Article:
Budding entrepreneurs should be warned. While the food business is generally speaking an excellent place to park one’s excess funds in, there is no such thing as a sure investment.
To lessen the risk of losing one’s shirt, franchises have become an appealing option. While they are by no means absolutely guaranteed to show instant profits, franchises will usually run in the black within a short period if both franchisor and franchisee do not veer away from tested formulas for success, foremost of which is to give the consumer a good deal.
The fact is, just about any product or service can be franchised, not just food. And there will always be unscrupulous “businessmen” who will try to earn a fast buck by selling franchises, and not a product or service that has a ready market.
Budding businessmen are therefore advised to study the company that they are interested in as a first step. Review the products or services offered, and determine if the marketing plan makes sense. Then study the books of the company, as well as the people behind it.
Most important of all, the would-be entrepreneur should invest only the money that he or she can afford to lose.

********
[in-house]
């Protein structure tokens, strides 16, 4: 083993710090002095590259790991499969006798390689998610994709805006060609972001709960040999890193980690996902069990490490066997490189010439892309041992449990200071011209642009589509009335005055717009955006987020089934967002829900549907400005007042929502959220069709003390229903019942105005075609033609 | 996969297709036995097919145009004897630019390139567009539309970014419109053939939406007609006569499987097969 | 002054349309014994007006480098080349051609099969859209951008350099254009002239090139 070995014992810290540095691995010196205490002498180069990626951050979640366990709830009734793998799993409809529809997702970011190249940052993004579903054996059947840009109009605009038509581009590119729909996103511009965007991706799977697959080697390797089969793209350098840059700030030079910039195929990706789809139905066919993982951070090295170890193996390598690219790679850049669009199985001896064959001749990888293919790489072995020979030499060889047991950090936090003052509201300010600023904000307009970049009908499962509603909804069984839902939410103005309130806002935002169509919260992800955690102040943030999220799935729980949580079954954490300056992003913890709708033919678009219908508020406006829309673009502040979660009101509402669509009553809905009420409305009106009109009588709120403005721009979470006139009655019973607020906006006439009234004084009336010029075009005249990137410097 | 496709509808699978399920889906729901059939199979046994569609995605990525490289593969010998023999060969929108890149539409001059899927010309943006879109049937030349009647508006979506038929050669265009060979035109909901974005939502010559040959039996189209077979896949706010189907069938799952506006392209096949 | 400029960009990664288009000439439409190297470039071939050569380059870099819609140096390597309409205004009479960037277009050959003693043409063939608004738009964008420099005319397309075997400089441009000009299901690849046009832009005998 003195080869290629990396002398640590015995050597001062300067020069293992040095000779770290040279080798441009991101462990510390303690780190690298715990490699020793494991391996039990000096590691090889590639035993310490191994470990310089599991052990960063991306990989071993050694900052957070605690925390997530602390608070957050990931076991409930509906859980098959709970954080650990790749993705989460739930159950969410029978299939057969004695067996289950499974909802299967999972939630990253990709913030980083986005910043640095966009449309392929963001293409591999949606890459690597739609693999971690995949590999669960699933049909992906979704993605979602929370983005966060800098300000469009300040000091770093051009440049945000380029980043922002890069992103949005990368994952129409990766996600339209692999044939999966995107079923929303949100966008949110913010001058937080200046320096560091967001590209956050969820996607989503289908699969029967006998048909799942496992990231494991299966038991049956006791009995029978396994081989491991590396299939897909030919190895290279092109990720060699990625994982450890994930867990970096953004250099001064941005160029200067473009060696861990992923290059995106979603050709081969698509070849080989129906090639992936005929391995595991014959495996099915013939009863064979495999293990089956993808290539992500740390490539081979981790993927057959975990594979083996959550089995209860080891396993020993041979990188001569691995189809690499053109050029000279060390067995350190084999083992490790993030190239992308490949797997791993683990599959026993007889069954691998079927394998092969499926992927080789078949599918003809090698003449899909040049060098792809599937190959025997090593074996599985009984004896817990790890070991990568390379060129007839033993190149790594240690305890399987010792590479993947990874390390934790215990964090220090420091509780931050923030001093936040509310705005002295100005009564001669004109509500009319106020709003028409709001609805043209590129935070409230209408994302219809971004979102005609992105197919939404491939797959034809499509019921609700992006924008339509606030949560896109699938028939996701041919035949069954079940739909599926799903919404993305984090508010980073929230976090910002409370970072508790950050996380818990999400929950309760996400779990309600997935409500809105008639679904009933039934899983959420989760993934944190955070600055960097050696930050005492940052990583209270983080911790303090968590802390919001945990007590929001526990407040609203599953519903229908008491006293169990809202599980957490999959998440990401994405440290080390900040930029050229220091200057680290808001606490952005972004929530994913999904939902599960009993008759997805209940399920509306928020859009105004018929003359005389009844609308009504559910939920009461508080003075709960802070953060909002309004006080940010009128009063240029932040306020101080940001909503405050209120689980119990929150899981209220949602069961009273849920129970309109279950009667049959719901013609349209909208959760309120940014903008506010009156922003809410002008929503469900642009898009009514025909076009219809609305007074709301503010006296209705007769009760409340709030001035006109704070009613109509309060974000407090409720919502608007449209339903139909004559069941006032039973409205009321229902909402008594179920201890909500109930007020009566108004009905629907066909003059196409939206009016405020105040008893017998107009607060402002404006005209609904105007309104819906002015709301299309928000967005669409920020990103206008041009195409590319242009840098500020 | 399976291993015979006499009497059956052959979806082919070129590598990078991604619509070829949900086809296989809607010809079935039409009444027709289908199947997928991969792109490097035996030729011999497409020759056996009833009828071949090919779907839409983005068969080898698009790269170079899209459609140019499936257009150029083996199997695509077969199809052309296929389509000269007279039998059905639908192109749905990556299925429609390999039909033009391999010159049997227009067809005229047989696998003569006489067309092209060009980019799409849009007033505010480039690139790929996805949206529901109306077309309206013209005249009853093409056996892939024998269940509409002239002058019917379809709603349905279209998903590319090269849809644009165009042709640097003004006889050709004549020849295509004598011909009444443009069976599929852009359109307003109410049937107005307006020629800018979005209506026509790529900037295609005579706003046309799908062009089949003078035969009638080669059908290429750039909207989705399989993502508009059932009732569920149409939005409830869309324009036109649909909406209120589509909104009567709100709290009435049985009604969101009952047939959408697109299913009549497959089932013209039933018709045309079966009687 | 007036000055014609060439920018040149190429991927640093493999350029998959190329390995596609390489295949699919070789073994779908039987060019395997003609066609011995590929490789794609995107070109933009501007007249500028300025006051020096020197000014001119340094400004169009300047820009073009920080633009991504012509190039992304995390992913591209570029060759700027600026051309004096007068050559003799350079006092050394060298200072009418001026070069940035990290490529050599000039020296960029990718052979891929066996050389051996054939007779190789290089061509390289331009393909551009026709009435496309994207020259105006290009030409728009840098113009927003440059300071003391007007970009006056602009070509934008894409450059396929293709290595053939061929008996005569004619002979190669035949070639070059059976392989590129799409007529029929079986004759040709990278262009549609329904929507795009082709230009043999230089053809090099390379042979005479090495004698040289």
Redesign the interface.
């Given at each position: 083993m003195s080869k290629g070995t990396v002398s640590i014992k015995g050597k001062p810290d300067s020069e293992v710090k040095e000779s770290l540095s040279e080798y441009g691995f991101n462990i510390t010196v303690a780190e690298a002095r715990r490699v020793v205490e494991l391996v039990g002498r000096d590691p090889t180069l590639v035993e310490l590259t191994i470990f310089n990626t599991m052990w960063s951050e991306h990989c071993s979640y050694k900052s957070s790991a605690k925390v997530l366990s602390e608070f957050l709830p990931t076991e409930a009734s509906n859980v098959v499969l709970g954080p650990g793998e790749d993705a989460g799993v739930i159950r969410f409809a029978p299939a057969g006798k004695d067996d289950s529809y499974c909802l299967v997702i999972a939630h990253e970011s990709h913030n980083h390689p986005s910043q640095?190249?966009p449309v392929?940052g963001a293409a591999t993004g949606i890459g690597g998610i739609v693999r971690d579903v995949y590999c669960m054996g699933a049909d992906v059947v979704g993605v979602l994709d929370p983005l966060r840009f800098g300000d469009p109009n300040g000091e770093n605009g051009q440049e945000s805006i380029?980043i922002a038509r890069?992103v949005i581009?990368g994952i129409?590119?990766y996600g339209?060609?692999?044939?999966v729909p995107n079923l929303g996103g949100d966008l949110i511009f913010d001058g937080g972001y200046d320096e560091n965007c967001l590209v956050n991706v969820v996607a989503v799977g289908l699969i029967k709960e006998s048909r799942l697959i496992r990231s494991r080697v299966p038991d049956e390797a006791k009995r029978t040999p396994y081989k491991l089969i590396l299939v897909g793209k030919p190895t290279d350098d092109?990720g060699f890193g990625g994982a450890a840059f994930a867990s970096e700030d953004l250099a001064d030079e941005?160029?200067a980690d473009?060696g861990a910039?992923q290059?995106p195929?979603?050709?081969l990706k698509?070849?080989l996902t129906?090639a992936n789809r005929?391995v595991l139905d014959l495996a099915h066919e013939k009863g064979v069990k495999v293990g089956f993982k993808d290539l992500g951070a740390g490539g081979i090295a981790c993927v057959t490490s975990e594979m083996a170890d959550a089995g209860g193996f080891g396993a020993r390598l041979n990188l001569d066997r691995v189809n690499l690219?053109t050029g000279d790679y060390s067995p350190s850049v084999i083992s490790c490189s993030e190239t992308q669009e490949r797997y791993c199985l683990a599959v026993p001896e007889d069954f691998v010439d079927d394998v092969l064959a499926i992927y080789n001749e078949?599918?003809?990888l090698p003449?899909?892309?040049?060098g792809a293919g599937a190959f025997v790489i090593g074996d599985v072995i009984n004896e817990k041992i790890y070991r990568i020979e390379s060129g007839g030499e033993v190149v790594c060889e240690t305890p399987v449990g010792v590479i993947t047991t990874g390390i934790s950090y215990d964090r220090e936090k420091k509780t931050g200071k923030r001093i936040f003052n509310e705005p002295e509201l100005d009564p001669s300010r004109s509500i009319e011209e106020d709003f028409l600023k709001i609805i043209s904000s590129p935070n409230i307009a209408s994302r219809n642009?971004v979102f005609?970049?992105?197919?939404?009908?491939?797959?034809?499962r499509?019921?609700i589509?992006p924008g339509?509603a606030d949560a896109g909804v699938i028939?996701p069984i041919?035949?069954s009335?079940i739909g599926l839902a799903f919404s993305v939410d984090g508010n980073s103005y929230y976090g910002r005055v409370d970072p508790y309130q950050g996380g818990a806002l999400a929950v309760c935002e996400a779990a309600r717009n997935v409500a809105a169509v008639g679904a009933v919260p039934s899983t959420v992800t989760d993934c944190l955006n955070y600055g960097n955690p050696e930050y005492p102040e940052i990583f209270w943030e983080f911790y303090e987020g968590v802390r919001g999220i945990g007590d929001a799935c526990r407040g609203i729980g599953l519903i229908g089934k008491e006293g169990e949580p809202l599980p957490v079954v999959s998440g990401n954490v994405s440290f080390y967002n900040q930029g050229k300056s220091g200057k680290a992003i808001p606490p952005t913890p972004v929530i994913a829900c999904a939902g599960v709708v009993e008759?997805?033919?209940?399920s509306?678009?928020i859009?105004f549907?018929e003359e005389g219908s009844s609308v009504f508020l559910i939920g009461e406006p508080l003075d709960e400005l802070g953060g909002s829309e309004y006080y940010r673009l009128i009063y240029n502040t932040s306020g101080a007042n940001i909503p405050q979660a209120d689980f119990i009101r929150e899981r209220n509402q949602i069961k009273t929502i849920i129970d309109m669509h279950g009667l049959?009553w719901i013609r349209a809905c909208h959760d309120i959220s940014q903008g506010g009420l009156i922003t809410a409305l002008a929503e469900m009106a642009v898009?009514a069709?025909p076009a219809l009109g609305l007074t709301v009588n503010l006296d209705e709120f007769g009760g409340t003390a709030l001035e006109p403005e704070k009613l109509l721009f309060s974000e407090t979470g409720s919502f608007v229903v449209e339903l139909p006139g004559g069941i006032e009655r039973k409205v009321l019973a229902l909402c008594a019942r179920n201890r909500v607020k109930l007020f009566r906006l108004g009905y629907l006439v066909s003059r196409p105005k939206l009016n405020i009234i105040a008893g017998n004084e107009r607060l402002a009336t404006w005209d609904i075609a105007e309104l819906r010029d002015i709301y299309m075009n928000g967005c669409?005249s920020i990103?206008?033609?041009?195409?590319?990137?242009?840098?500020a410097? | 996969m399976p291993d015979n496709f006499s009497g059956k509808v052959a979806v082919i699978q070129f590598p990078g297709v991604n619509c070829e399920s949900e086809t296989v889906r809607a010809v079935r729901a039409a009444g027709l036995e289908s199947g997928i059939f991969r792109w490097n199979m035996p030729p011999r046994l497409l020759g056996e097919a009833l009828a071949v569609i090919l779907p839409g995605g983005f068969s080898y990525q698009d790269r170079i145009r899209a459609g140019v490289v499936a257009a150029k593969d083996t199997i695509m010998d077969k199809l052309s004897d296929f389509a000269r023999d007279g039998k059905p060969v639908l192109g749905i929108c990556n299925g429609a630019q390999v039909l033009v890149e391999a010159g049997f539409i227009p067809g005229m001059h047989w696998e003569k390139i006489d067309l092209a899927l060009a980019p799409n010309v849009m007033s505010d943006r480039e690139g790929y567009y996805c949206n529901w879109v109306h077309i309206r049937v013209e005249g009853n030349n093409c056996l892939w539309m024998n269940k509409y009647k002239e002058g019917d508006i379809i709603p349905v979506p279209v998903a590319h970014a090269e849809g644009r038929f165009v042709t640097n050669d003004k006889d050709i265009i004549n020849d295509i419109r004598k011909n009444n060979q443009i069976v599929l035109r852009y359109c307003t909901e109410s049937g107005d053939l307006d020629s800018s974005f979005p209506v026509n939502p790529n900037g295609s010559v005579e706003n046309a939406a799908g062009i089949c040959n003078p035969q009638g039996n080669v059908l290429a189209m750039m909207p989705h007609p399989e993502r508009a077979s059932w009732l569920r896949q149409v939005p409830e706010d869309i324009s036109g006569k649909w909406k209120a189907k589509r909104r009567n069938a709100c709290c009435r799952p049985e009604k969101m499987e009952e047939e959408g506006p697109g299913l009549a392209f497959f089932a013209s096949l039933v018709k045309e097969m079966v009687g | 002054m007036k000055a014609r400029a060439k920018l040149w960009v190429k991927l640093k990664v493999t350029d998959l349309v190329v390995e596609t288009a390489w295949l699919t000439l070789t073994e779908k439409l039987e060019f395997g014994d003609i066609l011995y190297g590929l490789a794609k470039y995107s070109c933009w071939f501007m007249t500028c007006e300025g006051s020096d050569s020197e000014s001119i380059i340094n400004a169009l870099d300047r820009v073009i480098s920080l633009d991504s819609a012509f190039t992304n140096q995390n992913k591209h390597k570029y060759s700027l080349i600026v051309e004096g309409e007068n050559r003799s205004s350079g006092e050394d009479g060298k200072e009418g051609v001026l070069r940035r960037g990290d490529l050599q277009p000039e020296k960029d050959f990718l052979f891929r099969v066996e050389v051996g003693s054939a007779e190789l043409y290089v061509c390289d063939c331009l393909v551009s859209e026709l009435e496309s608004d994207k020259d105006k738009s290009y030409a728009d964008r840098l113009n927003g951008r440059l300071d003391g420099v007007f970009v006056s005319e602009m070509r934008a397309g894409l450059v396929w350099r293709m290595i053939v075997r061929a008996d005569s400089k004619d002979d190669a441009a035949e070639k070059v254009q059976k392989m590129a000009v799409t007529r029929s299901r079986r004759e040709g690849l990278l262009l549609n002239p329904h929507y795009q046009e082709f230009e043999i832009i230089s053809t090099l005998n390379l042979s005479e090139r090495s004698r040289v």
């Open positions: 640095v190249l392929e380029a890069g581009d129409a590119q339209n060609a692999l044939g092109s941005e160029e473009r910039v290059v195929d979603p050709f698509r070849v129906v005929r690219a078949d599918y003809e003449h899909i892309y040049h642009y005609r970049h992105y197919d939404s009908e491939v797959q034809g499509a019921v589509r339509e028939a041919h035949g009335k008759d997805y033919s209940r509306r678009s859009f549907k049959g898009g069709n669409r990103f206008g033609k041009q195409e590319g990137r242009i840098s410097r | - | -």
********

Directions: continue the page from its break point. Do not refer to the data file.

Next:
The Philippine Franchising Association may offer sound tips, but it can only go so far. In the end, it is the business sense of the food entrepreneur that will determine whether he or she makes it, or falls by the wayside, which is littered with failed food enterprises.
What is heartening to note is that most of the franchises offered in the country started out as homegrown businesses.
The food businesses that have succeeded in the past did not reinvent the wheel. Nor will their formula for success change in the foreseeable future. All they did was offer a good product that everybody likes, at a price that is considered fair and affordable. Add to the mix a lot of hard work and pray for a little bit of luck, and the next big thing will soon enough find its way to the market.